Improving Operational Performance Creating a Culture of Accountability

melHuman resource surveys have shown that poor operations could be responsible for up to 90 percent of the problems encountered in businesses today. It may even be hard to recognize a problem as operational, if, for example, staff morale is low or sales are down. The temptation to ignore operational issues is common. Sometimes you can only view operations by their lack, as good systems seem seamless. In addition, to embrace improving co-op operations is accept constant change.

An organization can muddle through many tough situations that affect co-op accomplishments, but the best indicator of long-term success is customer satisfaction, which can only be delivered with good operational systems. Good operations ensure systems and procedures are in place to take a co-op to the next level. It can be something as simple as having the right office supplies available to staff when and where they need them (customer service is hindered when staff have to hunt for a pen or order form) to having the training and technology available to obtain and use important information like department sales, inventory turns, cost of goods and percentage of labor.

“Operations are like a jigsaw puzzle for your organization—you don’t put it together all at once, and there are logical steps to follow by looking at labor, margin and expenses,” said Mel Braverman, the CDS core team leader and consultant for Improving Performance, incorporating his vast experience managing co-op retail and wholesale operations. The work of operational management is never done, no matter the size or complexity of an organization’s structure. It continues to evolve, and the direct result of strong operations is that marketing efforts have a base from which to build on success, adequate financial controls are in place, and concrete channels of communication are clear for staff and management.

As the team leader for improving performance, Mel’s role at CDS is multi-faceted. He provides training on margin management, merchandising, individual department management, as well as general manager mentoring. New GMs can participate in a year-long program with Mel addressing financials, boards, management and merchandising. He also works with managers on developing a Rapid Improvement Plan (RIP) to improve the store’s performance by assessing systems like labor, customer service and department merchandising. In addition, Mel works with stores using CoCoFisSt, giving a store comparable data from other stores around the country with which to compare themselves. Mel’s goal is to see every store he works with performing as an upper quartile store.

Mel asserts that good operations don’t happen all at once—and by taking on various areas of improvement one or two at a time it will be manageable. Focusing on a few key issues is also the most effective use of a manager’s time. “Success is built on small accomplishments day-to-day. It’s the rare person who hits the lottery,” said Mel. “If you want to go from a 31 to 33 percent margin, go to the individual departments.”

For instance, the RIP has been applied to a number of individual store departments like produce or grocery, but Mel found the impact went beyond just the department, to ultimately improve margins or labor storewide. At Sevananda Food Co-op in Atlanta, the first quarter with RIP in the produce department saw a 15 percent increase in sales, while labor dropped from 15.5 to 13.9 percent. “The payback is often within three months,” said Mel. “The results can be real obvious, real fast—if stores follow the plan.”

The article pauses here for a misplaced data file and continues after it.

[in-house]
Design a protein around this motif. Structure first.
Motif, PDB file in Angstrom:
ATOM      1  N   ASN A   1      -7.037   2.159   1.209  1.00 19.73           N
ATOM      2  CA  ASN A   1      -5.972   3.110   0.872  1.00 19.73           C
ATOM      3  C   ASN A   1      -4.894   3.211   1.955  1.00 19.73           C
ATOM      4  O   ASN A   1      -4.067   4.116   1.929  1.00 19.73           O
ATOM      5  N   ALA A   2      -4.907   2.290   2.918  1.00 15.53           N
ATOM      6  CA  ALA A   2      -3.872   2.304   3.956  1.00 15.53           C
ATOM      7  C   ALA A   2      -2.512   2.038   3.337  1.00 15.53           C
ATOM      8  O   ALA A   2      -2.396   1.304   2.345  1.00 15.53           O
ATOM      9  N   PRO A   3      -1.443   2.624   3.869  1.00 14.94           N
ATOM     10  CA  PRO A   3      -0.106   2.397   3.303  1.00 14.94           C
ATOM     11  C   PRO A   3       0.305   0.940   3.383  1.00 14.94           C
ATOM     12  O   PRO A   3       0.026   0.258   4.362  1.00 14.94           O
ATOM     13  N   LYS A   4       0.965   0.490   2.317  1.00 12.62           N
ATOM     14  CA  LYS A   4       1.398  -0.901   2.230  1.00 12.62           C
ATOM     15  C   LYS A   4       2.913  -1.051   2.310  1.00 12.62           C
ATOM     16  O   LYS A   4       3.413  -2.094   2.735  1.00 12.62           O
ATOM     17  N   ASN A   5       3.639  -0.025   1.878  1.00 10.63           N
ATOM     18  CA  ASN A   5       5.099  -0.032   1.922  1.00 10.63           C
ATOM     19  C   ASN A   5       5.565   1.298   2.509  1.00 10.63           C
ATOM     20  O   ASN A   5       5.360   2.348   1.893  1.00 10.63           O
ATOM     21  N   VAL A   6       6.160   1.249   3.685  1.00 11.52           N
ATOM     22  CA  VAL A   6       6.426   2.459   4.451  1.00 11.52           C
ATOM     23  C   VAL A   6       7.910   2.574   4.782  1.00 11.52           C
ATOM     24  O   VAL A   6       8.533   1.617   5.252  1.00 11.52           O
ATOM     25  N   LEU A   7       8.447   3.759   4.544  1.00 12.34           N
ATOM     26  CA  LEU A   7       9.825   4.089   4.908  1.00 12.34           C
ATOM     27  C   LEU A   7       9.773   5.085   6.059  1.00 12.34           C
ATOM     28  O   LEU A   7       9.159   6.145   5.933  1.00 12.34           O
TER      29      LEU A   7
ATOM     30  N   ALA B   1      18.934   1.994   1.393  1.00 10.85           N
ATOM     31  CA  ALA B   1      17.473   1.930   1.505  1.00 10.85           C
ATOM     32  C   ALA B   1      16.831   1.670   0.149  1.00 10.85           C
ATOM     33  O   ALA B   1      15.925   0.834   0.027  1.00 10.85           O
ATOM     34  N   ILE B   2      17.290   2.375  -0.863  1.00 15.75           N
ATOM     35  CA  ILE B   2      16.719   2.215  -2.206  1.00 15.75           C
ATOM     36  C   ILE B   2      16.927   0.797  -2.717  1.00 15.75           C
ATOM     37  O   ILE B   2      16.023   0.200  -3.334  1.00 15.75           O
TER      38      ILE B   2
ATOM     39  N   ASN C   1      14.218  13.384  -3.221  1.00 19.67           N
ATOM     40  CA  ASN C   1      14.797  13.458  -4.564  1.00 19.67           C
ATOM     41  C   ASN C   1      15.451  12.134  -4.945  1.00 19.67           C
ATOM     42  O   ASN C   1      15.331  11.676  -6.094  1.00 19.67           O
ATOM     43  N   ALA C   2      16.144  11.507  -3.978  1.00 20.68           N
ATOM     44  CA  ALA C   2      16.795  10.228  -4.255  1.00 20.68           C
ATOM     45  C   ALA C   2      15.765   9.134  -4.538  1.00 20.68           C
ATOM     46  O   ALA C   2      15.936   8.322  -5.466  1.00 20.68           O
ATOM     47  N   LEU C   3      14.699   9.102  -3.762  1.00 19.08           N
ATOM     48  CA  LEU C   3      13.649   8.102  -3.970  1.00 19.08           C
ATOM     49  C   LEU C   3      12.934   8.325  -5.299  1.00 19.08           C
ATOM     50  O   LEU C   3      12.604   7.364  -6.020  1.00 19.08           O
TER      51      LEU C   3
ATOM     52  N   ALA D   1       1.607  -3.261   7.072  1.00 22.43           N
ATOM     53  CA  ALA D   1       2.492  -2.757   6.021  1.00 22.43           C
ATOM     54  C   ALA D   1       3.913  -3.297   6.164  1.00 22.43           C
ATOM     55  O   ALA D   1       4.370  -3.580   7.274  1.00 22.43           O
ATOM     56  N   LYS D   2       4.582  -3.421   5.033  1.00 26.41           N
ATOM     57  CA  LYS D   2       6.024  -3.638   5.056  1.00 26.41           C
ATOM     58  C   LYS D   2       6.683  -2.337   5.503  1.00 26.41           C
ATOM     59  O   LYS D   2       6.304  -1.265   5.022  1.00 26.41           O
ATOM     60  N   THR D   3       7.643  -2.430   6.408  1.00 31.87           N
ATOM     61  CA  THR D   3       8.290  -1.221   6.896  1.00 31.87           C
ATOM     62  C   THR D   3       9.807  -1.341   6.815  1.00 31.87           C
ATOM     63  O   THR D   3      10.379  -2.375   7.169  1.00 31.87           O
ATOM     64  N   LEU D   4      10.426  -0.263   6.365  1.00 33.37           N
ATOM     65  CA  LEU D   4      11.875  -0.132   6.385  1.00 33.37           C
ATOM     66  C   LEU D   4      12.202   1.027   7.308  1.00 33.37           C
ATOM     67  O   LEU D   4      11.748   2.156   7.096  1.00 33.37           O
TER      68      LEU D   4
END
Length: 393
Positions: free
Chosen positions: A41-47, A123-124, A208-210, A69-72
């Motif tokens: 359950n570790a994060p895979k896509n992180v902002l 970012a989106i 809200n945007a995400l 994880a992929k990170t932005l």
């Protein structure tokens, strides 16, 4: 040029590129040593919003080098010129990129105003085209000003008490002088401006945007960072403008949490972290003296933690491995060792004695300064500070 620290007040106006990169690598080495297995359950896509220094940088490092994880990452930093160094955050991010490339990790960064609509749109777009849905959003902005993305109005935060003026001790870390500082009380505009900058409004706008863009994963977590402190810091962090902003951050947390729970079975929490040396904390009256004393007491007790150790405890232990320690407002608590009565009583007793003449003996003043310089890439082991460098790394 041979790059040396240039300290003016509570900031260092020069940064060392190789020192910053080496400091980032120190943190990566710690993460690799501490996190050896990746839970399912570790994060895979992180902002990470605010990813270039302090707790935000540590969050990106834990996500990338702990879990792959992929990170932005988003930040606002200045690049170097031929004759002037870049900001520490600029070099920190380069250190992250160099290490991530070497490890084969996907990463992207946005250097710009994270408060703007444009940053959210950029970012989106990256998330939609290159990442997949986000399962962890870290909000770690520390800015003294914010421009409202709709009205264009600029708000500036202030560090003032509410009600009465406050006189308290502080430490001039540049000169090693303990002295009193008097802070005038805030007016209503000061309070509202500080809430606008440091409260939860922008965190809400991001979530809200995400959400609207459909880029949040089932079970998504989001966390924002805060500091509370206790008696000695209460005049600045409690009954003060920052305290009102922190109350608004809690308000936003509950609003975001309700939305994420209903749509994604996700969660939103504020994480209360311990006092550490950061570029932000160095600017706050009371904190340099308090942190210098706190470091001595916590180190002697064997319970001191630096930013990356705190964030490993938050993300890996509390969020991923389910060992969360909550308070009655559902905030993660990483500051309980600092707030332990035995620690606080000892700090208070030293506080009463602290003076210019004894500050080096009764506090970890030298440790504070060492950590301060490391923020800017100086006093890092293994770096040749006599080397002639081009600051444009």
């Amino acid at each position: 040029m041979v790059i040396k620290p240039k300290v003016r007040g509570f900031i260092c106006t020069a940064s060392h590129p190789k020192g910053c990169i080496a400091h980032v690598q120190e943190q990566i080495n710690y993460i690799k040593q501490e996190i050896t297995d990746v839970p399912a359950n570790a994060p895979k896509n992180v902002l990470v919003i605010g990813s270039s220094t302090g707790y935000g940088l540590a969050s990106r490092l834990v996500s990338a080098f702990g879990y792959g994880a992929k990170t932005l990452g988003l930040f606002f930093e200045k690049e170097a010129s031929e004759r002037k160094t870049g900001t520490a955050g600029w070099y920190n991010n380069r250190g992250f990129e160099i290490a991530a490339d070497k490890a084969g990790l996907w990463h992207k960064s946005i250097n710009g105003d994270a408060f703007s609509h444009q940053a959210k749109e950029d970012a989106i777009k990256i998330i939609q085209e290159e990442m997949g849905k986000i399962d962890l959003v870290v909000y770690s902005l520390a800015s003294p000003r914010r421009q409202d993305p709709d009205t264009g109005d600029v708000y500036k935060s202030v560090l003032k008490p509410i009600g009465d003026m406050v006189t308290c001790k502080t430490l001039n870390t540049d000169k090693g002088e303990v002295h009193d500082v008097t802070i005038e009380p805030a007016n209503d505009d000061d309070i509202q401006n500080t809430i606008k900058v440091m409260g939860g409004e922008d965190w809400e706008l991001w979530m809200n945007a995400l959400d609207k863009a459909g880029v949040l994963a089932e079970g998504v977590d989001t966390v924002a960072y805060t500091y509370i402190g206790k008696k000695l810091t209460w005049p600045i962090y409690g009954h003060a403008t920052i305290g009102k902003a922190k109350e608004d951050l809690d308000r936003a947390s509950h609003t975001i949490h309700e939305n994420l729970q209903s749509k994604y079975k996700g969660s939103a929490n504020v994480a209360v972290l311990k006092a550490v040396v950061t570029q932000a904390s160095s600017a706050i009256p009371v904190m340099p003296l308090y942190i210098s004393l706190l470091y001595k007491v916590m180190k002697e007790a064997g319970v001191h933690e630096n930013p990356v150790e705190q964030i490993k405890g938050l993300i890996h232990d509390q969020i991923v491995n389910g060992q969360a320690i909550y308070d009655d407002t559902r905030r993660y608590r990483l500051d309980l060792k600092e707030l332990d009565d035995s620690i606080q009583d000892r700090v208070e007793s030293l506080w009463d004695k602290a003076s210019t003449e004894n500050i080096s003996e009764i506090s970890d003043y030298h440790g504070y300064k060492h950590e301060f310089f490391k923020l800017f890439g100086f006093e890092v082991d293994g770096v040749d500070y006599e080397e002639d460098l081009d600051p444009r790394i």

One of the major issues Mel believes hinders strong operational performance is a lack of a system of accountability within departments. “Something I see fairly regularly is the need for general managers to hold teams more accountable. I hear ‘I can’t get the produce manager to do it.’ You have to create a culture of accountability.”

In addition, as co-ops join supportive networks regionally and nationally, a co-op can benefit much more by having management systems in place to reap the payback of greater cooperation through technology. “Once you give people the specifics of what you want them to accomplish, and hold people accountable, co-op operations will be enhanced. After that, the technical challenges co-ops have will not be as hard to accomplish because people will understand the potential, and their ability to impact the bottom line.”

Training, internal and external, is also an important part of the operational picture according to Mel. Training is an investment, not an expense. In addition, getting education within your own business environment is extremely useful. “Co-ops that don’t train get real stale. Their view of operations is how they operate, not that there could be other ways of doing things. You want to create excitement and energy by bringing in fresh ideas. In a retail environment, if you’re not changing, you will eventually fail. Competition won’t be less in the future.”

Mel also extends a note of caution to those who overlook operational problems. “Operational problems create crisis, and crisis does not speak well to the long-term success of an organization. Management is just putting out fires. Crisis management takes you out of being a dynamic organization.” It also has its emotional down side, causing staff turnover and burnout. “As an industry we value people, and want to run sound business operations to take care of people,” said Mel.

Running a tight ship operationally is not just locally beneficial, but for the movement as a whole. “We are responsible to the members for their investment. We’re caretakers of that, and should take that role seriously.”

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By |July 1st, 2001|Categories: Solutions|

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